I realize that there has to be a balance to keep teams off balance. I would not have been pleased to see 15 straight rushes at 2.5 yards per attempt. But early in the game there were indications that we'd be able to run the ball effectively and almost at will. We also had opportunities to pound out short-yardage situations and chose to go to the air (see second possession). Ultimately we gave up on the run too early and never dictated the physicality and tempo of the game like we talked about doing.

There were games where the ground game was VERY effective. Northwestern and Purdue are the easy examples. In those two wins we averaged 43 carries, 186.5 yards and a 4.3 per carry average. In those games it was a clear emphasis. We came out and ran the ball until they stopped us, which didn't happen very often. Even down 10-0 early in the Purdue game we came out running the ball to set up a couple key pass plays. Our first scoring drive was an 8 play, 84 yard drive. Six plays were runs and just two were through the air, both completions. The game saw Weber actually attempt only 9 total passes. The Northwestern game had the Gophers trailing as the 4th qtr began and they went to the ground. 19 rushing attempts to 6 pass attempts in the 4th quarter yielded 14 points and a lot of minutes. The Gophers ended the game in victory formation.

Again, other factors are clearly involved. The NU and Purdue rush defenses are not the same as what we saw at Ohio State, Penn State and Iowa. But the fact remains we rarely attempted to truly establish the run. We rarely pounded the rock. And the end result was a worse year rushing than we saw in 2008.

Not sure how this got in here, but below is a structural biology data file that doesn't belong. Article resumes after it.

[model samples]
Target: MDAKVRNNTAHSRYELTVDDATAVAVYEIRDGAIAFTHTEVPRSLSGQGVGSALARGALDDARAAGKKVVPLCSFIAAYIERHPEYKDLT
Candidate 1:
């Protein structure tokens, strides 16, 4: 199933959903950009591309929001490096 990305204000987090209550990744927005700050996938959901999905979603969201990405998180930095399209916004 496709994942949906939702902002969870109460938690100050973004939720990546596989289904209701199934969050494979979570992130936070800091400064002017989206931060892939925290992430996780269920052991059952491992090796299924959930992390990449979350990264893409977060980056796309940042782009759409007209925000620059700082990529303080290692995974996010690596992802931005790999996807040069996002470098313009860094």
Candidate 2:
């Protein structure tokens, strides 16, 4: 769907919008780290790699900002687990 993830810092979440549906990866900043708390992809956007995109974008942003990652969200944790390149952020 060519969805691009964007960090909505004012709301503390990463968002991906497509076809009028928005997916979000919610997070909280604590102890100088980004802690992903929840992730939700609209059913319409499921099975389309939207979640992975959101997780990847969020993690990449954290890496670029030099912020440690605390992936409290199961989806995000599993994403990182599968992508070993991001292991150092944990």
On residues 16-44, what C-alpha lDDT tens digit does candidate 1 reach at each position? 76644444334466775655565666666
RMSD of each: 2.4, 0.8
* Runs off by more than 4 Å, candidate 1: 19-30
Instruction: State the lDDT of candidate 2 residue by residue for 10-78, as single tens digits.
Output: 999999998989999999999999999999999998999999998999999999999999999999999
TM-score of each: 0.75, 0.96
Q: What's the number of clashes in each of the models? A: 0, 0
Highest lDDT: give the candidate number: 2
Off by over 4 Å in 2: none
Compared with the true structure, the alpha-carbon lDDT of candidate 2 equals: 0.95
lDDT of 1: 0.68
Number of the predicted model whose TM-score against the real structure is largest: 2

So what does this mean for 2009? Who knows. As I eluded above, I believe that fixing the ground game is far less complicated than fixing the passing game. Our running backs are not great backs who will be playing on Sunday's in a couple years, but they are capable if given the chance. This comes down to better OL blocking and an actual commitment to running the ball with the play-calling. Run blocking is an attitude and an opportunity for the liemen to dictate the tempo. It is more force and less finesse. Guys like Jeff Wills, who struggled in pass protection, should be salivating to maul the man in front of him. I'm no OL coach, but this shouldn't be too complicated. Fisch needs to let these guys get into a rhythm on offense and maybe get the defensive line on their heels before we go to the air.

Maybe the talent is just not there. Maybe trying to force the run game would leave the offense in too many 3rd and long situations which would lead to punts, turnovers and lackluster production. But here's the thing, our offense already had too many 3rd and longs, punted far too often, turned the ball over and really didn't produce much. 2010 really needs to see more than just lip-service paid to the ground game. I'm not expecting to be one of the most feared rushing attacks in the country again, but something respectable and something that can aid the passing game is the least we should expect. The 2010 schedule is brutal, getting some traction on the ground will go a long way towards controlling clock and keeping yourself in games against some very good opponents. Year 4 of the Brewster era and more importantly year 2 of the Fisch offense needs to yield better results on the ground.